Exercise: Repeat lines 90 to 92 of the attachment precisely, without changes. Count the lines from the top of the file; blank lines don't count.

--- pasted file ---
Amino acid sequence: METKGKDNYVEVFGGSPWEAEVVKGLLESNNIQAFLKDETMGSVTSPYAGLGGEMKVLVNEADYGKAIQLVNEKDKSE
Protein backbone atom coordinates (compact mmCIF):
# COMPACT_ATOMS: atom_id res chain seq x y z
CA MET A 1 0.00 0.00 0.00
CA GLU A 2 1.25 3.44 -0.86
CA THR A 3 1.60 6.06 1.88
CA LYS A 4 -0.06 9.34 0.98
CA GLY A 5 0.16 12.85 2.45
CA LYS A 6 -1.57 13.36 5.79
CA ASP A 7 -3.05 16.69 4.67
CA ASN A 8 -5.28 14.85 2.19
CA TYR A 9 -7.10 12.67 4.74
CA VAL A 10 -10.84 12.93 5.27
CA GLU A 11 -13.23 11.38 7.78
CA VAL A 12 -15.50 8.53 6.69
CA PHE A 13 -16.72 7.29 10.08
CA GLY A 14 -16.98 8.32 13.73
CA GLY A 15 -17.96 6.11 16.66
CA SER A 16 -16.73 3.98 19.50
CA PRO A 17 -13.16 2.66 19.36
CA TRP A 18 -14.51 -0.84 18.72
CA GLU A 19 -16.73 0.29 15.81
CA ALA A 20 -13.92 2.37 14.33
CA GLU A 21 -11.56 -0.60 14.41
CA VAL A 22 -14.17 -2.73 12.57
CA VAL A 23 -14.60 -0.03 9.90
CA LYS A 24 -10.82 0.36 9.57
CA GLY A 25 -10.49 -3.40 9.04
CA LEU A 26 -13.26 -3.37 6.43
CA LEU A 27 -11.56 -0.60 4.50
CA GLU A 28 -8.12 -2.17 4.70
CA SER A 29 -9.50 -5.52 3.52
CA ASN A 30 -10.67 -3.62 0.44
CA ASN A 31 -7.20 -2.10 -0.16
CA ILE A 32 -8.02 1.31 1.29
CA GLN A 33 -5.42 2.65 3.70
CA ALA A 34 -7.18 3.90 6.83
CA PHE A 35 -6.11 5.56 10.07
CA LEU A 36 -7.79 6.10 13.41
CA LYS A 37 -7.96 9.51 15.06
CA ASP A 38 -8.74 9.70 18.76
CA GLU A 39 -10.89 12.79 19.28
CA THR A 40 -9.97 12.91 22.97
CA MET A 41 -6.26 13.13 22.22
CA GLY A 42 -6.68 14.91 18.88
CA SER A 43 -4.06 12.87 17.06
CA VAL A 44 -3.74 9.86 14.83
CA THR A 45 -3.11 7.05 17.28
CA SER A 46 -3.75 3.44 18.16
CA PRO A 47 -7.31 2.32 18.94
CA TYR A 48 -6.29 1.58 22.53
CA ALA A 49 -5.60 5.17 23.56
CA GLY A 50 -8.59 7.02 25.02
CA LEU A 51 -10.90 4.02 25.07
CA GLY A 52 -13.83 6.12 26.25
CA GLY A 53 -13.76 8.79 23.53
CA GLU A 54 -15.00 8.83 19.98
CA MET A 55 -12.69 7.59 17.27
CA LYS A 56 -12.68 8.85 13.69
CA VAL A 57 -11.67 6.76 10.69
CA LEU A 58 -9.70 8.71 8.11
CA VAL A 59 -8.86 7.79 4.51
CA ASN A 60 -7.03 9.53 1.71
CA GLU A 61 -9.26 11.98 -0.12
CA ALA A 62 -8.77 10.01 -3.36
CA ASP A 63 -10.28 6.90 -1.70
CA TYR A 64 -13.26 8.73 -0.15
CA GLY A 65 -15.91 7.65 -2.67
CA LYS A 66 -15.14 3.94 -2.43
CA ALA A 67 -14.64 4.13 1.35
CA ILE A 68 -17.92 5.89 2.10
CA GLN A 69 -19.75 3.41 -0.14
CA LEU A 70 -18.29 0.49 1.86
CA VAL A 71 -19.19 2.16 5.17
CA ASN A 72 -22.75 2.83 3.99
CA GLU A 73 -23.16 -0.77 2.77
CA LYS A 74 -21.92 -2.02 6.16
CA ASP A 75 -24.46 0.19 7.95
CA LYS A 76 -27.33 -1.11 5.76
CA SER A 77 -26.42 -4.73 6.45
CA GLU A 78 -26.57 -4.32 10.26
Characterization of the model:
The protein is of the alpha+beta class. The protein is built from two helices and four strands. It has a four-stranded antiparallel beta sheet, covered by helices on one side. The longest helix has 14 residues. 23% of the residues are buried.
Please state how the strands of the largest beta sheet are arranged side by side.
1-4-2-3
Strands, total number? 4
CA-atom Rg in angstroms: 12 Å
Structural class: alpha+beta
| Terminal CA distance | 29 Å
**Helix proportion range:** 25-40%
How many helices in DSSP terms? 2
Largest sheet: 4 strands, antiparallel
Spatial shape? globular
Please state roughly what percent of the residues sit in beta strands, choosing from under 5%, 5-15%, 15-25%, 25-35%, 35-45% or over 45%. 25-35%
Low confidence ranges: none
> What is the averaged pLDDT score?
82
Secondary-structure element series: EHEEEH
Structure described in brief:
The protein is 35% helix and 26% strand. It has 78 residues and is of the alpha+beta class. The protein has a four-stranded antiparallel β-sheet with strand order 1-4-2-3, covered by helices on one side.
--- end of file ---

**Helix proportion range:** 25-40%
How many helices in DSSP terms? 2
Largest sheet: 4 strands, antiparallel